Coleus potted and inside

Kelby MillerOctober 10, 2013

I have a question about a Coleus that I have repotted and moved inside. I did this to make room for fall decorations on my front porch.

Will my Coleus thrive inside? I have it in a NE facing window at the moment. It is always about 60-70 degrees in my house so I'm just wondering how long it should last in here or some things I should do to make it thrive. Here is a picture of it:

I do have 3 holes on the bottom of that pot so when I water it I water it thoroughly and let all the water drain out.

Thank you for any advice.

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In Victorian days, coleus were grown only as is only in more recent times that these plants have been appreciated and grown for their contribution to the summer garden.

If you take care of it properly, your coleus can live many years as a houseplant. It needs quite bright light (but avoid direct sun) - even so, the variegation or patterning on the leaf may fade a bit. Keep the soil moist to the touch - not too wet and do not allow to dry out. Cut off any bloom stalks and keep the plant pinched back to encourage dense bushy growth. You can take back outside next summer if you wish or take cuttings during the winter to create more plants - coleus root rapidly and easily in just water.

    Bookmark   October 16, 2013 at 2:46PM
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Kelby Miller

"Cut off any bloom stalks and keep the plant pinched back to encourage dense bushy growth."

I'm very sorry but could you elaborate please? By cut off the bloom stalks, do you mean the stalk that the purple flowers grow on? The very tall ones I mean. And what exactly do I pinch back, using my picture as the example.

    Bookmark   October 19, 2013 at 4:52PM
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pinch back the tall spike that had blooms on them.. ( the non leafy spikes)
I loved having my coleus in the house, unfortunately so did my cat.....lil devil loves to nibble some plants

    Bookmark   October 20, 2013 at 1:26PM
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Tiffany, purpleinopp GardenWeb, Z8b Opp, AL(8B AL)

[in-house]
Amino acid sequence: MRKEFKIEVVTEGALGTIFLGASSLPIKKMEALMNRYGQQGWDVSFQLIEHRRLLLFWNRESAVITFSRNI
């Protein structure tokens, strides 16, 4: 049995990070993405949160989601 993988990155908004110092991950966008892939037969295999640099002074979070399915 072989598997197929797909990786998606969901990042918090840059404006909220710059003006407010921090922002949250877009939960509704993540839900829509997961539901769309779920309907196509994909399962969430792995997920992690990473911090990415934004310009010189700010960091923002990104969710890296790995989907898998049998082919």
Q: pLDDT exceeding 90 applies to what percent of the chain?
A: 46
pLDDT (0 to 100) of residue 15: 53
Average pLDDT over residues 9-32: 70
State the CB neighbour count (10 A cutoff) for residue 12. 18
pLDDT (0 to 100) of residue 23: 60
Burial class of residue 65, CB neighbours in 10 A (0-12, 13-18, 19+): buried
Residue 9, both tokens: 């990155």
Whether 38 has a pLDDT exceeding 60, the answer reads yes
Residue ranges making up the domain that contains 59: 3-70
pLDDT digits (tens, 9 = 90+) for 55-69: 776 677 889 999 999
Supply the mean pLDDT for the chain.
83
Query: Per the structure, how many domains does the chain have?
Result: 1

Agree, many people save Coleus inside for winter, especially the really cool, unusual ones you don't know if they'll have at stores again next year. I've been saving them in various ways for decades. More good news is that yours looks like one of the standard varieties that you would be able to find again if this one fails.

As long as it comes inside free of pests/disease, it should be fine. I've had some issues with spider mites before. If it had developed when there was more time left to spend inside, I might have had to shower them off of the plants, but plants recovered well after being put back outside soon after I noticed the webbing.

They REALLY want to bloom this time of year and growth usually pauses while it does that. If you remove one flower stalk, all energy will be directed to making another, until the blooming season comes to an end. Allowing them to bloom has no bearing on their ability to survive. The little flower petals do make a bit of a mess though, but are easy to vacuum.

Your particular plant could hardly be more stout and bushy at this point, not at all leggy or floppy, though Coleus will abide about any kind of trimming you'd like to do, to the point of bonsai. Not everyone shares the obsession with a shrubby appearance, and in some instances a tall, thin plant is an interesting part of a display or pot. Every healthy leaf removed is one less leaf available to manufacture sustenance and energy for growth/blooming.

Are there some holes in leaves? The sun behind is so bright, I'm not sure. If you see signs of chewing, look for a little green caterpillar, they LOVE Coleus. Might be more than one. It looks like there might be a couple little poo's on the right side of the pot. I often notice those droppings before the holes in the leaves when I've brought in plants with caterpillars before, which has happened a lot when I lived in OH and here in AL. They are very well disguised.

    Bookmark   October 30, 2013 at 10:13AM
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